I Learned For A School Change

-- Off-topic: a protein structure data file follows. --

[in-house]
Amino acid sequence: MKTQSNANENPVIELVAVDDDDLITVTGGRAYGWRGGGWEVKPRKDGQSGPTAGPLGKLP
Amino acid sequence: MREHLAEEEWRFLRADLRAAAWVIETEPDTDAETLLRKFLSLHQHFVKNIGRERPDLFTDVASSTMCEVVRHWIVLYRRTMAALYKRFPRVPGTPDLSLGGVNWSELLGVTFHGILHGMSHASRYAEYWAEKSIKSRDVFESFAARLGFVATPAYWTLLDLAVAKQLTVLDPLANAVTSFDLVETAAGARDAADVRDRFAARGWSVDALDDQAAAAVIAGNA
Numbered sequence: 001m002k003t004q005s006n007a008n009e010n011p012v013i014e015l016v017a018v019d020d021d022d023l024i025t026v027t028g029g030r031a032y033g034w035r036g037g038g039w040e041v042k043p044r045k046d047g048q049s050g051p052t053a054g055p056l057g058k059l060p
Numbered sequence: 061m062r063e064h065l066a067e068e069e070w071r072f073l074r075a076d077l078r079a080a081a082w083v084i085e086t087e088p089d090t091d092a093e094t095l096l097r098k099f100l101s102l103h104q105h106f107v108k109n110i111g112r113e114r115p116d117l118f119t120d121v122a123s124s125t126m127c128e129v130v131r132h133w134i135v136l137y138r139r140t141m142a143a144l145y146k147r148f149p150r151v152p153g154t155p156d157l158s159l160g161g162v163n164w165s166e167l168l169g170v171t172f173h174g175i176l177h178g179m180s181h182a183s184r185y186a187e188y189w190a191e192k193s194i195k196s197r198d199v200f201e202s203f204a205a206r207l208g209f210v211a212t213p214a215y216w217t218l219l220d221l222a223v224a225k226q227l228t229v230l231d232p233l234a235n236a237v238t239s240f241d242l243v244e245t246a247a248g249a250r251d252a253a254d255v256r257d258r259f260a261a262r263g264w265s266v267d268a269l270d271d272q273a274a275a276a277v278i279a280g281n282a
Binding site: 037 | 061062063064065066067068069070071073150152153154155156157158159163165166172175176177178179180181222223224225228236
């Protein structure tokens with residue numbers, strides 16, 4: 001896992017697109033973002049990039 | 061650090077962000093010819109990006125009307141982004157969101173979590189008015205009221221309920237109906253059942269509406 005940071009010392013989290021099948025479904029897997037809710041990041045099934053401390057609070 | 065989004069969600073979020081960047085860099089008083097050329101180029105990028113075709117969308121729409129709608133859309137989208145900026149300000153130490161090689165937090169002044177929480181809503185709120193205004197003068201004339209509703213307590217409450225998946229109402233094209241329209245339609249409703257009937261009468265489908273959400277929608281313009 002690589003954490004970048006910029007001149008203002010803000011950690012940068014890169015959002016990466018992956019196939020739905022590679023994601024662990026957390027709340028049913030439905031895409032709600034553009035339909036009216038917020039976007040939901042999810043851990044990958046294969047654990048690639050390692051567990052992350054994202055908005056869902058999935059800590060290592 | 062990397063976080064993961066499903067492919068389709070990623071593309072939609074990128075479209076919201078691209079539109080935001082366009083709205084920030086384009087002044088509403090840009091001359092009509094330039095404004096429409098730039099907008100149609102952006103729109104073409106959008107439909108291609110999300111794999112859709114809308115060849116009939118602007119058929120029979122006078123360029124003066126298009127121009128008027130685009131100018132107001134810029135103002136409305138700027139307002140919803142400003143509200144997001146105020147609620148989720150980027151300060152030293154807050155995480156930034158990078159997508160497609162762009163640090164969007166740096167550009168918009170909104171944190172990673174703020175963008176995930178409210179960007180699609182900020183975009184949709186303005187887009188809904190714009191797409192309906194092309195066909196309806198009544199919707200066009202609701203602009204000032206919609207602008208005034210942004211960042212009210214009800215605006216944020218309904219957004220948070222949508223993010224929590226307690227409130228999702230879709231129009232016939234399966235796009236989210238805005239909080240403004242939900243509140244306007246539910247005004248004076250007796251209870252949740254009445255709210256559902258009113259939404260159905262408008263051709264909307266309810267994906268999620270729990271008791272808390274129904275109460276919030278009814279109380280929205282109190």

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I learned how to write in kindergarten and the only thing I could read for a while was my name. I eventually started to write other words by copying them from whatever they were written on/in. While I couldn’t necessarily read most of them, I was pretty good at copying what I saw and acting like I could, then I learned how to read cereal boxes when they said there was a toy inside. At one point, I switched schools and learned how to write legibly, which helped, because nobody could ever read a thing I wrote and I still have that problem sometimes. A few years and another school change later and I was reading like a pro from those little stories from reading textbooks that we had to learn. When second grade came and went, I had started to frequent the library and pick up books from the Junie B. Jones and Magic Treehouse series; I went through those books like they were funnel cakes. Then came the awkward period where, in third grade, the class couldn’t write in anything but cursive. That was really a trial, because some of the letters were pretty damn impossible. I was considered a kid who lived in the library, reading all of the fiction books I could and getting the books that were marked for higher grades. The AR tests didn’t show it, but I read a lot (honestly, I think people just looked up summaries and wrote stuff down to cheat on those because I never saw anyone actually reading). For a few years, when I didn’t have access to a library, I didn’t read anything at all. When I was able to get to books again, I flocked to everything that dealt with magic, angels, mystery, just any book whose pages held things that seemed impossible. The world of fantasy let me slip out of this one and enjoy a place where everything and nothing w... ... middle of paper ... ...nd processes of other writers reminded me about what it was like to first write something, confusing and difficult. At times, I tore things to shreds, songs, poems, write-offs, because it didn’t look right or because I messed up in some major way. Most of the time I didn’t know about correct punctuation and grammar and didn’t care until it got drilled into my head that it was important. I have come to enjoy writing, regardless of all the things that I hated about it in school, and it’s a major part of myself. I think that if I didn’t write or read once in a while, I’d be too bored to do anything else during the day. My literary adventure started when I picked up a crayon and scribbled the first ‘I’ in my name, it progressed when I copied down a few words, and went further when I read a sentence out of a book. That adventure will continue as I learn and write more.

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